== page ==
Central to Nehlig's argument is that in her experiment, small doses of caffeine did not trigger functional activity in the shell of the nucleus accumbens (6), the part of the brain that is involved in reward and punishment (7) and is heavily involved in the addiction of other drugs such as amphetamines, cocaine, morphine, and nicotine (6). Nehlig did find, however, that the equivalent of seven or more cups of caffeinated consumed by these animals did trigger the activation in the nucleus accumbens (6). This last finding eludes to the probability that it possible to become addicted to caffeine. Technically, according to this study, caffeine in large doses is addictive. I am cautious, however, in blindly accepting the results of Nehlig's study. Caffeine might not act exactly the same way on animals as it does on humans. No matter how similar humans are to some other animals, there is no guarantee that our bodies would react the same way in any given situation.

Using the DMS-IV's definition of substance dependence, it seems to me that even small does of caffeine are in fact mildly addictive, even without the participation of the nucleus accumbens. Nowhere in the definition is the nucleus accumbens mentioned. Addiction can also be different to substance dependence. Perhaps caffeine is psychologically addictive in the same way that gambling is addictive.
Some experts are skeptical as to whether the negative effects felt by people who regularly consume caffeine can be considered to be "adverse". As Charles O'Brien, M.D. points out, linking caffeine addiction with addiction to serious illegal drugs could make serious drugs appear less dangerous than they really are (8). Although this might be an ethical issue, one should not refrain from calling caffeine addictive on the basis that it could influence children's decision to take illegal drugs. This is a matter that should concern parents and educators, not doctors and scientists.

In conclusion, it seems to me that small doses of caffeine are mildly addictive. Large doses are definitely addictive. However, I see little harm in becoming mildly addicted to this drug. The negative effects linked with this drug do not, in all cases, hinder normal functions of the body and mind. The reputable Mayo clinic even recommends drinking "a cup of coffee, tea, or a can of soda pop that contains caffeine" to people who have trouble staying awake at work (9). It should be up to the individual to determine how "adverse" these effects really are. If they are causing harm, one should make up one's own mind to stop or reduce caffeine intake. As far as long term effects of caffeine use, research has linked caffeine to osteoporosis, birth defects, miscarriages, infertility, cancers, high blood pressure, premenstrual syndrome, ulcers and heartburn, fibrocystic breast disease, and heart disease (4), however, these are ongoing studies and are beyond the scope of this report.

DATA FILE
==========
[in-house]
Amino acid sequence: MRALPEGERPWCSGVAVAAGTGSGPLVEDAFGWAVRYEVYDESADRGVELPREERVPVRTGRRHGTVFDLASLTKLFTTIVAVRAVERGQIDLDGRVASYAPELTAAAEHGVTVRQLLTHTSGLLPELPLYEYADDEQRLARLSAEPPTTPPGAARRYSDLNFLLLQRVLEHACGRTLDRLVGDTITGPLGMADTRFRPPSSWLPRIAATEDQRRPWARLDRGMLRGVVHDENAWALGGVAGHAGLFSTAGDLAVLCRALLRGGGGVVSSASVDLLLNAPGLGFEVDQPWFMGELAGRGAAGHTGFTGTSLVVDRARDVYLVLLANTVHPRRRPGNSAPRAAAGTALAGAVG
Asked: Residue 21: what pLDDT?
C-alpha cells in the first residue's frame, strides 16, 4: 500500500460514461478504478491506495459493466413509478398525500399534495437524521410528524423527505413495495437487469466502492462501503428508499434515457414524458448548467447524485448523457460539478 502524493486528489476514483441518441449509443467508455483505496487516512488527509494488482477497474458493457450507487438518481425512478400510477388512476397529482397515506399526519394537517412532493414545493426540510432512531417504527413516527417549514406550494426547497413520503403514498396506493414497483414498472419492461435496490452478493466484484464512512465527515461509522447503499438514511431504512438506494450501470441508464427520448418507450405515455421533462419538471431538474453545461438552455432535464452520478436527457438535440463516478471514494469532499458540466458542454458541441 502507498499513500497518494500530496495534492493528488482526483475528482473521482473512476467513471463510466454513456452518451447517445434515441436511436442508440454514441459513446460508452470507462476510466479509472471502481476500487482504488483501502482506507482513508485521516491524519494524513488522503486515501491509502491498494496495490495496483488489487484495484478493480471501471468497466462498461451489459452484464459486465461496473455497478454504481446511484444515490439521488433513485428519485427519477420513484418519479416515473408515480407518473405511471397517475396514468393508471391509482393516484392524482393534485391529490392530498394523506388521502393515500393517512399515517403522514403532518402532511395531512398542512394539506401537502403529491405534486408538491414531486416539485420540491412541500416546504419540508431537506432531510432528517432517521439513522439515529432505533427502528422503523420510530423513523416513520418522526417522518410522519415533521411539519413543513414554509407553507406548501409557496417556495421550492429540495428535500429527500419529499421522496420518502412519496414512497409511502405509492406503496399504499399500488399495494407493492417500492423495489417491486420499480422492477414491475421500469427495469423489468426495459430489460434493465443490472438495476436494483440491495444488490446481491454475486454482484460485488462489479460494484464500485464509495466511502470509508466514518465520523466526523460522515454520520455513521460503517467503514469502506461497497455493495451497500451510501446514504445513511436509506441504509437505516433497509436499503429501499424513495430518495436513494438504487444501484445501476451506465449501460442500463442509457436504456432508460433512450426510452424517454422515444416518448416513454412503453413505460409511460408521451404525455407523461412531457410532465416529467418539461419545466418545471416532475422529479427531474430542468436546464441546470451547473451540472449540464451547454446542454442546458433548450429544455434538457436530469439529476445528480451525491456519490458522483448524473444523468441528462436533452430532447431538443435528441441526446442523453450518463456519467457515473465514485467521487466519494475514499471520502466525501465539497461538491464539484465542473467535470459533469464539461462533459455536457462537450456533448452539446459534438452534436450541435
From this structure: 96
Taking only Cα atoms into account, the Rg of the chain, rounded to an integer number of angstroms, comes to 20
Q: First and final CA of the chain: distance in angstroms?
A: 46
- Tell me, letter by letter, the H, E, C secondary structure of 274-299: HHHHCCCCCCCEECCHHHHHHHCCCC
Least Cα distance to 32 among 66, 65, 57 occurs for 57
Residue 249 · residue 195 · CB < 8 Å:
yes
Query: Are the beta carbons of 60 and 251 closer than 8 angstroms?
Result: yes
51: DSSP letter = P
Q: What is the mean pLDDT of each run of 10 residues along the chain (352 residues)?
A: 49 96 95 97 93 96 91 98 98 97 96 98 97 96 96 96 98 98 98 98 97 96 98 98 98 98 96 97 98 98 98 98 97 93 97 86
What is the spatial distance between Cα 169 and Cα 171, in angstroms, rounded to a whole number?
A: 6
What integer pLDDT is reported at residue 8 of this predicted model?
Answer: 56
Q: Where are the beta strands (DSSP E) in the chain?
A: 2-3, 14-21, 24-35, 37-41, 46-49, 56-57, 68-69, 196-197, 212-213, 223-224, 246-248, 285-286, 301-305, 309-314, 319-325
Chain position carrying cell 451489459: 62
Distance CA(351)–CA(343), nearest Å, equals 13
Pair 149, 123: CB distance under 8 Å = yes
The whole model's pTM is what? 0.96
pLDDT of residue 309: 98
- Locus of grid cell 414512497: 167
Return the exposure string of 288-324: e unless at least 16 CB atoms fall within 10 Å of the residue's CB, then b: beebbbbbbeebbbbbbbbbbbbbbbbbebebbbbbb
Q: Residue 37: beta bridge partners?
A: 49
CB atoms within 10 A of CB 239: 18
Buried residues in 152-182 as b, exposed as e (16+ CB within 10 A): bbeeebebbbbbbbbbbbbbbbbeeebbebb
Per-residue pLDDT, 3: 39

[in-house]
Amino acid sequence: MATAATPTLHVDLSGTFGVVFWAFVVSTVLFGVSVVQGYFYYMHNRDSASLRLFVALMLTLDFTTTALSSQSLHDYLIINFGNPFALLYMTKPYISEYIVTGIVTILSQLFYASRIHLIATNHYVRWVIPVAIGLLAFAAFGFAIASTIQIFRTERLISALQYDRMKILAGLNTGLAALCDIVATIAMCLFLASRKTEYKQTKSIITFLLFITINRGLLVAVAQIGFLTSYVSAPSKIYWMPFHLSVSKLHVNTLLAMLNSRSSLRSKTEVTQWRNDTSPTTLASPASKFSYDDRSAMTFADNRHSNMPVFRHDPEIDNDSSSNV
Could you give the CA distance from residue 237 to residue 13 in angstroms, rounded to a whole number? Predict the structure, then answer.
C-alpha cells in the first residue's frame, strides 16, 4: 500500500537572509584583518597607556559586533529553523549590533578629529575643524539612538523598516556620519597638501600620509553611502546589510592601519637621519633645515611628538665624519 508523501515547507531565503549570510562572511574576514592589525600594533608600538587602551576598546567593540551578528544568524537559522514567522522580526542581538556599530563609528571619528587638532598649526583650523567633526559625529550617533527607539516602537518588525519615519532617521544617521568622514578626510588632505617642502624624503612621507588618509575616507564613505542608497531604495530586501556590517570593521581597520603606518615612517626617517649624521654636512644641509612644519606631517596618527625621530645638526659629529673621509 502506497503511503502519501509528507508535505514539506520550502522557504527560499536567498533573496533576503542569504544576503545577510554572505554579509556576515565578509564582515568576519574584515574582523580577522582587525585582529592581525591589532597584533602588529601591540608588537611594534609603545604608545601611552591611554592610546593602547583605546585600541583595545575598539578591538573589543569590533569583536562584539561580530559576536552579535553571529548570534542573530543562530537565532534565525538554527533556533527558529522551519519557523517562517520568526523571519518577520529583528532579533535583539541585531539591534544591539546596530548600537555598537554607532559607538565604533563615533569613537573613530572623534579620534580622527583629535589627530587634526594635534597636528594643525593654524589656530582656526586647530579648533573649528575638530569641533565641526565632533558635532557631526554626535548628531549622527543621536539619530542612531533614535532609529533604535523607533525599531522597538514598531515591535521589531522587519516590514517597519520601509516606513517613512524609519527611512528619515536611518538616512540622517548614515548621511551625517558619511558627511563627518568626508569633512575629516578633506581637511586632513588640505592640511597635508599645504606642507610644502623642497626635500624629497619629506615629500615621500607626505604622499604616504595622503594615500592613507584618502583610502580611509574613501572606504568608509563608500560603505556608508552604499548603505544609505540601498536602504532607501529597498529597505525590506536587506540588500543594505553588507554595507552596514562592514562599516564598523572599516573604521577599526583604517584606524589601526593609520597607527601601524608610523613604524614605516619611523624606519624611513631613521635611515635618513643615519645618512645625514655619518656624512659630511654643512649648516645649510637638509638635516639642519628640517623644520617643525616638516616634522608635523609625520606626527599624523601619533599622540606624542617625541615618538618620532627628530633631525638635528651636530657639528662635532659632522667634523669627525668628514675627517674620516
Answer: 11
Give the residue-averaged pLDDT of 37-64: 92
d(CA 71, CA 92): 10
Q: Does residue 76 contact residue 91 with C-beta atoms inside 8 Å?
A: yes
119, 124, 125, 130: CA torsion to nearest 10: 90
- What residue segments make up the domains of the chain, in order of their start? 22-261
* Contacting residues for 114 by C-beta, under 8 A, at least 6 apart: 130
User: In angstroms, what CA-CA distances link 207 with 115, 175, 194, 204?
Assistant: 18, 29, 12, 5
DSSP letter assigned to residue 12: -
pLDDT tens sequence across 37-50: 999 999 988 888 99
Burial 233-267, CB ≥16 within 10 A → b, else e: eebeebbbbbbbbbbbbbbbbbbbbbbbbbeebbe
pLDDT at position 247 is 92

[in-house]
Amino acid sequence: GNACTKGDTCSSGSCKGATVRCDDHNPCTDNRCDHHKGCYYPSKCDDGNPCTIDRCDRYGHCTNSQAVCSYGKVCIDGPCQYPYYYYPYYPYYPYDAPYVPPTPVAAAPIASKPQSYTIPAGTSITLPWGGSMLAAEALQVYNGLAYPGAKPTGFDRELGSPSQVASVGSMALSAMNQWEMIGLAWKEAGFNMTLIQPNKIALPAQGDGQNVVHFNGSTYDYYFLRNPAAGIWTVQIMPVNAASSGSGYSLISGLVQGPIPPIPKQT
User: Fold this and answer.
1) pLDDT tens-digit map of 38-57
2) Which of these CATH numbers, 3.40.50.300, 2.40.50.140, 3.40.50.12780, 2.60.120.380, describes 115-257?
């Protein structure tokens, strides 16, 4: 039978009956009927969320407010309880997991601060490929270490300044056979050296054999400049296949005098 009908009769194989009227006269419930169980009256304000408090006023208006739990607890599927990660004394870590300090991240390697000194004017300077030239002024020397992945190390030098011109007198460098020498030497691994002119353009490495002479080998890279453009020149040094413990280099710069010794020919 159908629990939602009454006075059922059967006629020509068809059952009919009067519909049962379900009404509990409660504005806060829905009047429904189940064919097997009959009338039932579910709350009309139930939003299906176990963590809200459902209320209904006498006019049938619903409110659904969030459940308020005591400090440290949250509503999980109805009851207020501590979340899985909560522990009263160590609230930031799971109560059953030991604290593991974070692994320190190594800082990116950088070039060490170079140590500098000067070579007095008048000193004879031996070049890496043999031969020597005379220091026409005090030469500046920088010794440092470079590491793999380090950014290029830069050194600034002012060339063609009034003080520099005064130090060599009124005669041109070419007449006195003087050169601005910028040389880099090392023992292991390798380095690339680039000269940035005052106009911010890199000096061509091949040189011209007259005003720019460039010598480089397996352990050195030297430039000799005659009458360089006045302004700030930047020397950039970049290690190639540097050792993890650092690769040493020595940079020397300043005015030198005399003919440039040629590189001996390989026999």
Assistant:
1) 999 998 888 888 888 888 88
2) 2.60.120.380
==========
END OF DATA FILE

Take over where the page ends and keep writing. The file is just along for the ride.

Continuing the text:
And now if you'll excuse me, I have a lot of homework and it looks like it's going to be a long night. I'm going to get myself a nice, steaming cup of coffee.


1)Today's Question, on, a question and answer site about health and wellness.

2)AllPsych Online, a virtual psychology classroom.

3)Researcher Brews Debate About Whether Caffeine is Addictive, an article on the American Psychiatric Association Website.

4)Go Ask Alice!: Caffeine's effects on health, on the Go Ask Alice site, Columbia University's Health Question and Answer Internet Service.

5)Fix on this, coffee lovers: Caffeine may not be addictive, an article in the Diamondback, the University of Maryland's Independent Newspaper.

6)ScienceDaily News Release: Debate Brews over Caffeine Addiction Study Also Confirms Caffeine Improves Alertness And Energy, on ScienceDaily, an online magazine.

7)nucleus accumbens, a short description of the nucleus accumbens on the Department of Integrated Science and Technology section of the James Madison University website.

8)Caffeine Myths and Facts, on, a coffee appreciation website

9)Sleepy at work? How you can stay awake, tips for staying awake at work on